The musicianship on this record is really incredible. Aside from a couple of Billy Preston and Eric Clapton appearances, these guys did everything. As great as the Beatles were from the start, they obviously improved in some areas. On Abbey Road they show that studio tricks aside, they had it, in each and every area.

    Reply
    • vonbontee

      “…Harrison’s solo on the first song on side one, You Can’t Catch Me…”

      Uh…

      Reply
    • Joe

      Is there any slide guitar on Abbey Road? I thought George didn’t play it until My Sweet Lord, with the exception of Strawberry Fields Forever (best heard on take one on Anthology 2). Happy to be corrected.

      Reply
          • Deadman

            That’s slide, surely, from 2:14 to 2:27

            The version of CT on the Love album, to me at least, seems more clearly two slide parts. Furthermore, there are slide chords (3:01 – 3:15) before the fade-out.

            As for the lead on the fade-out, it can and might (I concede) be played with finger-style sliding, but I suspect that much thereof is played with a slide (on the little finger, with some finger-style) because of the attack and the style of vibrato.

            Reply
            • Joe

              The solo may well be slide, although it’s two different guitars (separated in stereo on Love). They could have been finger-style rather than slide – it’s difficult to tell. Here’s the isolated guitar track.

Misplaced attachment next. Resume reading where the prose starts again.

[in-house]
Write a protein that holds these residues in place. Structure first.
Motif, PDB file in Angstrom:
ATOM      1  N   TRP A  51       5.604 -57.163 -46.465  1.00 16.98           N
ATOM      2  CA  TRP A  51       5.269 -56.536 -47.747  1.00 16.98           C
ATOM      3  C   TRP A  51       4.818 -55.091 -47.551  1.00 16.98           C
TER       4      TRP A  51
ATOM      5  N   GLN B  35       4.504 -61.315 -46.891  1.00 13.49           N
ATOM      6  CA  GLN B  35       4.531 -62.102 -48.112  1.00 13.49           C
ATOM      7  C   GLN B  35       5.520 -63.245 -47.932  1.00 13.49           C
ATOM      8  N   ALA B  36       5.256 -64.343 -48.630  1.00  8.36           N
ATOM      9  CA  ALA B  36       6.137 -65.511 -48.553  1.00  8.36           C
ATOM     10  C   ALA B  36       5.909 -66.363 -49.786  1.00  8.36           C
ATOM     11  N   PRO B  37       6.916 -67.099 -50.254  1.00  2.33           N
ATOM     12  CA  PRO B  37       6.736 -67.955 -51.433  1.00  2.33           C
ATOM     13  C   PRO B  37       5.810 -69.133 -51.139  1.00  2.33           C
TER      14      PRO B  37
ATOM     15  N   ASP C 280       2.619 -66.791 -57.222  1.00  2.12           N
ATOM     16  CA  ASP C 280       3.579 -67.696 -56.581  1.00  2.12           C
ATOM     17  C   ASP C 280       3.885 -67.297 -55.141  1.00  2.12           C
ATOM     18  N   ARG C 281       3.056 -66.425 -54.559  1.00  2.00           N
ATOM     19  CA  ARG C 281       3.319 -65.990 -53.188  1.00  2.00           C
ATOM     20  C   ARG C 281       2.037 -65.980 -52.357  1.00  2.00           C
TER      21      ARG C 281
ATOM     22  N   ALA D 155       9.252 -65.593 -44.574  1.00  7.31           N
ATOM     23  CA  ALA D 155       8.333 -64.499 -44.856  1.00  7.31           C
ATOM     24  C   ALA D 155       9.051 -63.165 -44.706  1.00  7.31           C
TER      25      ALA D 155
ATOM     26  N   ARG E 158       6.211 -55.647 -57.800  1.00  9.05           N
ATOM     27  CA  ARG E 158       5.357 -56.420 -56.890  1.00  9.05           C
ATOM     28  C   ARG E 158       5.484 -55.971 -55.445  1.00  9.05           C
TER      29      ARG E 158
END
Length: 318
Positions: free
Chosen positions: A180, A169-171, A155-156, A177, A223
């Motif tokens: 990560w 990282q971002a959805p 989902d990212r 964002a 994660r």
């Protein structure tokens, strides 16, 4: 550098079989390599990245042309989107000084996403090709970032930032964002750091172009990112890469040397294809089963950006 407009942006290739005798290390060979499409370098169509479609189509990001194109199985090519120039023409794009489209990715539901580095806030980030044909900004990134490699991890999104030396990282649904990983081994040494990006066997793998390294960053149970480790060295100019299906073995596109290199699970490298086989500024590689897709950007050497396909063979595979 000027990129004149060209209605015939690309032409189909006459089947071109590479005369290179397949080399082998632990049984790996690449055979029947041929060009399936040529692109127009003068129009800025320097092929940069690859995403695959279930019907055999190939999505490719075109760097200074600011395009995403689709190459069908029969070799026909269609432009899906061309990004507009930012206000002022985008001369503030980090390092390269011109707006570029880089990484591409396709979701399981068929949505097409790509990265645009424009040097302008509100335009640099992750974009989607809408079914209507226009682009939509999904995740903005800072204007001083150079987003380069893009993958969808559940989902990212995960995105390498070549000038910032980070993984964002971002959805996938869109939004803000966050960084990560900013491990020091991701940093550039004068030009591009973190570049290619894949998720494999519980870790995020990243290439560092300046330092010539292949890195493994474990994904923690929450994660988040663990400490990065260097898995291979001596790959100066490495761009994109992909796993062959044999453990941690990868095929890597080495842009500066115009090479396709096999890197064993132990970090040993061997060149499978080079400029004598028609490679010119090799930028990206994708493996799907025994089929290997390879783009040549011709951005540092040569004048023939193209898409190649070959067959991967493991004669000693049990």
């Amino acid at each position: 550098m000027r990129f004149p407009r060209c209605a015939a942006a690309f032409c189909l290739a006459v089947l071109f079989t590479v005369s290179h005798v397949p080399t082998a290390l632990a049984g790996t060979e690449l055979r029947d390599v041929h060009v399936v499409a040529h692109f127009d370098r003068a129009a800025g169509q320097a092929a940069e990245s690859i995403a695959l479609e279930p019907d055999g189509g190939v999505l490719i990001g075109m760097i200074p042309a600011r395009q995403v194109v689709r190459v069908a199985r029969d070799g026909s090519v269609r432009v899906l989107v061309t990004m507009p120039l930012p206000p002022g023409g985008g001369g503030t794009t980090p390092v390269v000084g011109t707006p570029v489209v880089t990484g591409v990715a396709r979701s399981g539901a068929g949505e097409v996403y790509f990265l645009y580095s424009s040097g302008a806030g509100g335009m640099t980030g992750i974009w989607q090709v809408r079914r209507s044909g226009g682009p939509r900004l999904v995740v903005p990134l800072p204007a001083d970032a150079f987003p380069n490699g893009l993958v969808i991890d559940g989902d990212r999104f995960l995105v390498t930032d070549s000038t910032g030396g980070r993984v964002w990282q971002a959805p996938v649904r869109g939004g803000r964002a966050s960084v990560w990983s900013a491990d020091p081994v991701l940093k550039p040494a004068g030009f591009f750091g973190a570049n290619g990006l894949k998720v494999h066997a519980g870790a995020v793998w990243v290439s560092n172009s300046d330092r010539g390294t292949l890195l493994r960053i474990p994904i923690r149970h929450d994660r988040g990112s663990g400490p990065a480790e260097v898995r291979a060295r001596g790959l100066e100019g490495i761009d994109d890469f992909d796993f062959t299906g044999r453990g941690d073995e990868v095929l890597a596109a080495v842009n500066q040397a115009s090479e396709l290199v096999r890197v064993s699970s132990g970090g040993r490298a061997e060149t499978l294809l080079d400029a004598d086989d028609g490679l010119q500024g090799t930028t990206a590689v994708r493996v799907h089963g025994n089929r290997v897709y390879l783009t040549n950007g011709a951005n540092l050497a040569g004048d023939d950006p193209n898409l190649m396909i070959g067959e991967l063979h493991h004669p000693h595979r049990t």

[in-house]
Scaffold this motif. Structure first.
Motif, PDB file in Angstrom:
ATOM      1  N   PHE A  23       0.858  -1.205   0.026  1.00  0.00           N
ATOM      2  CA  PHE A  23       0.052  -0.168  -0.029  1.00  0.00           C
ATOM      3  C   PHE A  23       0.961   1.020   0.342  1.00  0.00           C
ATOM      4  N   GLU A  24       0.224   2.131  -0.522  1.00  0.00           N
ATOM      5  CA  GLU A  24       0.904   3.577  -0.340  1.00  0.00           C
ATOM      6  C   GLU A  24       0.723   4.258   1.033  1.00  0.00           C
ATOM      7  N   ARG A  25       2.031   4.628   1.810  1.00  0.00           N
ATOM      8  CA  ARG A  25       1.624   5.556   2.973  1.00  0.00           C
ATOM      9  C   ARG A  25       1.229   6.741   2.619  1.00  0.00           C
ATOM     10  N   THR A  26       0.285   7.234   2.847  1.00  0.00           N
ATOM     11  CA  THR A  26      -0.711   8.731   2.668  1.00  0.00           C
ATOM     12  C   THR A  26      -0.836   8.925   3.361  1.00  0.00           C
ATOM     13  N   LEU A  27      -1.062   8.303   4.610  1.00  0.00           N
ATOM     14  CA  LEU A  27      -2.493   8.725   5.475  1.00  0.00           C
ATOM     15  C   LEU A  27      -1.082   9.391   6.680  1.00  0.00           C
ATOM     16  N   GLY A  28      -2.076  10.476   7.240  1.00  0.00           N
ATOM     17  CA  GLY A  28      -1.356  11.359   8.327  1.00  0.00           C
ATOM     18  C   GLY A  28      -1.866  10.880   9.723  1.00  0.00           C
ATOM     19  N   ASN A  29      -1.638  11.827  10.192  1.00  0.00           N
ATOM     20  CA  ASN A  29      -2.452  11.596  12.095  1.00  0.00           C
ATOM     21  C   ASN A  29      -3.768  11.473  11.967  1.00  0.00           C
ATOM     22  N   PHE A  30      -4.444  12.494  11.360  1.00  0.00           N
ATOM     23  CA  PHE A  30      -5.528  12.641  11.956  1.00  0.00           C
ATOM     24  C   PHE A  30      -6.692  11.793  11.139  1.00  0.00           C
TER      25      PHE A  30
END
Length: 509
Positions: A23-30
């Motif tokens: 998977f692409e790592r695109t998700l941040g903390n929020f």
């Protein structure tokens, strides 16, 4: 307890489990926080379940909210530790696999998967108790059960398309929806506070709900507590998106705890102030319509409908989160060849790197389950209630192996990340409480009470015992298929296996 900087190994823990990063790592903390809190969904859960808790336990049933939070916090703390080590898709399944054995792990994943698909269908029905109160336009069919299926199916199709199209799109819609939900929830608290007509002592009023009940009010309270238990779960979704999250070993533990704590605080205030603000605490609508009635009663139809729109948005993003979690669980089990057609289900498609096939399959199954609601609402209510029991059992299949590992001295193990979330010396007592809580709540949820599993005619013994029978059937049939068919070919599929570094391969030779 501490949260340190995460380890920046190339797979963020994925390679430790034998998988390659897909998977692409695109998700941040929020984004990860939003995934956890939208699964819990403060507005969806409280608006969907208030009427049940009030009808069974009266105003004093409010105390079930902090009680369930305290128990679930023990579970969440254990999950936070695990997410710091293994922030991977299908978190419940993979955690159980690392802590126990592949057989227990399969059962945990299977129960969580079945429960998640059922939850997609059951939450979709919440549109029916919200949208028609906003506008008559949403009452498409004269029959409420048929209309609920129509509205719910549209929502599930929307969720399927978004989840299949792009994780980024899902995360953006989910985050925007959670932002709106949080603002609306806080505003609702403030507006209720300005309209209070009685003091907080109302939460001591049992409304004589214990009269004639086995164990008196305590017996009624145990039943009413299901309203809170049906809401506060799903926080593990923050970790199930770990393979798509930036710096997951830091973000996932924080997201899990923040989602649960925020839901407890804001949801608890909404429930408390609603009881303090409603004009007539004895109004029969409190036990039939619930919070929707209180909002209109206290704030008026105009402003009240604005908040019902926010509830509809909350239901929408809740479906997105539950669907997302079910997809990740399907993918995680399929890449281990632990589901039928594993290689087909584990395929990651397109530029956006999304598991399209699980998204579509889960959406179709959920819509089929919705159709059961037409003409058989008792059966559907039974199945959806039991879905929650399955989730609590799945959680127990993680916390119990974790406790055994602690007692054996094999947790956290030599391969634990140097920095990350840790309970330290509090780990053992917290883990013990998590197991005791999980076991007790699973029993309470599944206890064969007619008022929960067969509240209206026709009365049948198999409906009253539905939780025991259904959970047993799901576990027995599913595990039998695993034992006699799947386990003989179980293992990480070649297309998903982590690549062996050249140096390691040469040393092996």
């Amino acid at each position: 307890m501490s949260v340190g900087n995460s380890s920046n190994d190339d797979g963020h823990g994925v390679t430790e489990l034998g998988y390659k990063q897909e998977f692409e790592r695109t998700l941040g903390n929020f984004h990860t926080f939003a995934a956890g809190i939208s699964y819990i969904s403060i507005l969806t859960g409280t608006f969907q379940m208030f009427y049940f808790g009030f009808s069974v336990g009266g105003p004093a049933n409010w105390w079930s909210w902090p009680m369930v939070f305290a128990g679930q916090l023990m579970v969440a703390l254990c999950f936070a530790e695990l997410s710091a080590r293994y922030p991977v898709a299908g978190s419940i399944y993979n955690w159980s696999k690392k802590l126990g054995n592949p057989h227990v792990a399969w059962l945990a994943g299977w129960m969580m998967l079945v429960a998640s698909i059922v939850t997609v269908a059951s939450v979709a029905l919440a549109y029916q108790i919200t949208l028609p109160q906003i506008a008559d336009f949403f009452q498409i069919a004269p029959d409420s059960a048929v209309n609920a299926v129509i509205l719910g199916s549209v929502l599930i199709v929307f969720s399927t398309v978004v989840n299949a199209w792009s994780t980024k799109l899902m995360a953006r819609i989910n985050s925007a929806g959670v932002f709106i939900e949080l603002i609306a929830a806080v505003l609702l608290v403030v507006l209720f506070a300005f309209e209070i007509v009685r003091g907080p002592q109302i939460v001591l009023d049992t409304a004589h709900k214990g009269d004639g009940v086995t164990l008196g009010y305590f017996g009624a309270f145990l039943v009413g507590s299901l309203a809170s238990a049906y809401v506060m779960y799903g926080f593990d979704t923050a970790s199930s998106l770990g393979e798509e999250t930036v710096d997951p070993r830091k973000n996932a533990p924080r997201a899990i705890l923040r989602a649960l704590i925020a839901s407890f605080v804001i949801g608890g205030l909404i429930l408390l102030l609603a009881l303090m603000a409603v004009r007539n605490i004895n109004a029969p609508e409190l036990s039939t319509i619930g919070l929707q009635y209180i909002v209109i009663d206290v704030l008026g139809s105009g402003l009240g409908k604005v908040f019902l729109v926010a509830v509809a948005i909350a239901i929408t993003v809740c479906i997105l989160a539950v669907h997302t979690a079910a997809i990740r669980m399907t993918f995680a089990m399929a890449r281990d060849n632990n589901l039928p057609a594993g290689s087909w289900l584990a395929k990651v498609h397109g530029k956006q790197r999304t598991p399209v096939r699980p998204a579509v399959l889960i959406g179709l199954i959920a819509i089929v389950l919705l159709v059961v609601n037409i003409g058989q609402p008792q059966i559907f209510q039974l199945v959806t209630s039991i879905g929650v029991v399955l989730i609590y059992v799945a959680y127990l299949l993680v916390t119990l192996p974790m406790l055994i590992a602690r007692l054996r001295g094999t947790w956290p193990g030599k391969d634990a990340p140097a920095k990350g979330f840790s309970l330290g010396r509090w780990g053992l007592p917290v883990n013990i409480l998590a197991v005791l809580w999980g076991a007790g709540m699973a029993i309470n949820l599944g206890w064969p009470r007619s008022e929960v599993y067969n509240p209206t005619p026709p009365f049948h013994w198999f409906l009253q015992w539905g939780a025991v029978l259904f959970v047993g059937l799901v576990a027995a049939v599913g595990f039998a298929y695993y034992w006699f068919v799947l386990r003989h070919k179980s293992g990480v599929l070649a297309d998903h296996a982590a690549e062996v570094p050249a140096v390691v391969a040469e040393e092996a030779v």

I’m less sure about the chords at the three-minute mark – I think they’re done using a volume pedal or at the mixing desk, but don’t see that a slide was involved (it may have been). Probably they were just chords played and faded in, as on Yes It Is. The fourth chord, as heard on the isolated version, doesn’t seem to have been faded at all, and definitely doesn’t sound like it’s played with a slide.

              I definitely don’t think the lead in the fade is slide. I may be wrong about all this though – happy to hear more debate.

              Reply
              • vonbontee

                Doesn’t sound like slide to me either, just stringbending. Can’t hear any metal-on-metal abrasion, for one thing.